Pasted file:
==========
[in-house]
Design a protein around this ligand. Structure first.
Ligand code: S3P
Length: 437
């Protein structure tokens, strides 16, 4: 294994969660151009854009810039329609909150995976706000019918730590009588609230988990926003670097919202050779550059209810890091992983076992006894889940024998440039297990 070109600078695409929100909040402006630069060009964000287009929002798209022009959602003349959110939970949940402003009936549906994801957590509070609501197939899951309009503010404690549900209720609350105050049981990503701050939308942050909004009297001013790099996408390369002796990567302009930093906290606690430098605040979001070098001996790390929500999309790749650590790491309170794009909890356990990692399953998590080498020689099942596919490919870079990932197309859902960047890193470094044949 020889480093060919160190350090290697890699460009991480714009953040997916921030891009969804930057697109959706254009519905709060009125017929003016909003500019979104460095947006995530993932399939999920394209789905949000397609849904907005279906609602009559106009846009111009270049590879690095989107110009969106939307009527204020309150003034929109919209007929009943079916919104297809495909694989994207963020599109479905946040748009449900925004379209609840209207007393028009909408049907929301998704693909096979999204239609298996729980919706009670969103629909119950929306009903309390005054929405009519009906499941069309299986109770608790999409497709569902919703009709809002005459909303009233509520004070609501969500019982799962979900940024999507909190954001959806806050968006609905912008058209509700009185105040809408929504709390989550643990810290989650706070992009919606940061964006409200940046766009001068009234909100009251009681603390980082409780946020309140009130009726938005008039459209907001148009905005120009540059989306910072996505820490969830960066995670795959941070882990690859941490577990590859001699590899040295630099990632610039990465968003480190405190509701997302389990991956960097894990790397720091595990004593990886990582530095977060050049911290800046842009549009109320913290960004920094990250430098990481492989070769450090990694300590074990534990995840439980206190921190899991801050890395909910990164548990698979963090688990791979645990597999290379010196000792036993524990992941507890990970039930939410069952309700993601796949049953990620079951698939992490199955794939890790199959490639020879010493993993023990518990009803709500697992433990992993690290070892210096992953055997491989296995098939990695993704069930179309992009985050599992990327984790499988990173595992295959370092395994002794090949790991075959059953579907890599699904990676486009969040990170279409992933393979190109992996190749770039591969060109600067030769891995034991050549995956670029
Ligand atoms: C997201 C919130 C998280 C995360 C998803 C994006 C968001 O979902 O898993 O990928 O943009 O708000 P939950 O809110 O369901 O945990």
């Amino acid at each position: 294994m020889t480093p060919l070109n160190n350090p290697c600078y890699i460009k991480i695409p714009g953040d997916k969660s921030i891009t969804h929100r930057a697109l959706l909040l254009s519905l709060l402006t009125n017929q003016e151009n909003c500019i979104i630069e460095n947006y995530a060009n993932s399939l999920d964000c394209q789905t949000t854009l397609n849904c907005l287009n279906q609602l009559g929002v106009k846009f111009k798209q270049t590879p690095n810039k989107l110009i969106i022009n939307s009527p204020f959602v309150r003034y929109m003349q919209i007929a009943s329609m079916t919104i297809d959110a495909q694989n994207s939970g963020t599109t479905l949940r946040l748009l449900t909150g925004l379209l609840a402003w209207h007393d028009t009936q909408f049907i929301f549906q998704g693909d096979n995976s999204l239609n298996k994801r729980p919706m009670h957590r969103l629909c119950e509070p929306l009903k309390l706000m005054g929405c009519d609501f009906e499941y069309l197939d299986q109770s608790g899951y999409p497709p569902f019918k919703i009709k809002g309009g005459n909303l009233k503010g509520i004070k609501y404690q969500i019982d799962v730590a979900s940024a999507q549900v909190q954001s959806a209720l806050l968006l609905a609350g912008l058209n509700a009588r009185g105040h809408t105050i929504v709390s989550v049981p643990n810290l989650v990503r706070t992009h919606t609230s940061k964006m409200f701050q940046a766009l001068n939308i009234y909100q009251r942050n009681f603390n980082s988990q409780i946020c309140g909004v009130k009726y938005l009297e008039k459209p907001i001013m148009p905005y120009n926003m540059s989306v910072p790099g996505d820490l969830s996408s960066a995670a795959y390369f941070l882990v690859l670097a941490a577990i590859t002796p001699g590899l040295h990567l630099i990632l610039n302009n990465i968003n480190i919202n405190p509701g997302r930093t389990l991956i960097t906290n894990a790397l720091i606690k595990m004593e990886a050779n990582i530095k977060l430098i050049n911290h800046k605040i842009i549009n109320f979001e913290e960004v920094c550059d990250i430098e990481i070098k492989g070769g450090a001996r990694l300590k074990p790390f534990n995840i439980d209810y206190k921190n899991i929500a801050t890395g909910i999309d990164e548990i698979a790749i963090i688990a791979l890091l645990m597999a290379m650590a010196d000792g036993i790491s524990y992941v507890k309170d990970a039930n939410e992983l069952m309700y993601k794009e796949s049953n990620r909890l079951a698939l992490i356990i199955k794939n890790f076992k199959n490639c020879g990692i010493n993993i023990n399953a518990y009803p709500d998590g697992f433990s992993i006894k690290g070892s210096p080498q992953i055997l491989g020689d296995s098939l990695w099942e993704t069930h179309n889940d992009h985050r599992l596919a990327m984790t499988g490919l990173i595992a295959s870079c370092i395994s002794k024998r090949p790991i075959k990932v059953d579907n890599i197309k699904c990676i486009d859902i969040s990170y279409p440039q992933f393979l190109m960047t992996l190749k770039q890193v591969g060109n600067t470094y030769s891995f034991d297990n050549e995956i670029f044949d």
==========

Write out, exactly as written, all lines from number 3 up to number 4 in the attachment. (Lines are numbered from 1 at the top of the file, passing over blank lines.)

Ligand code: S3P
Length: 437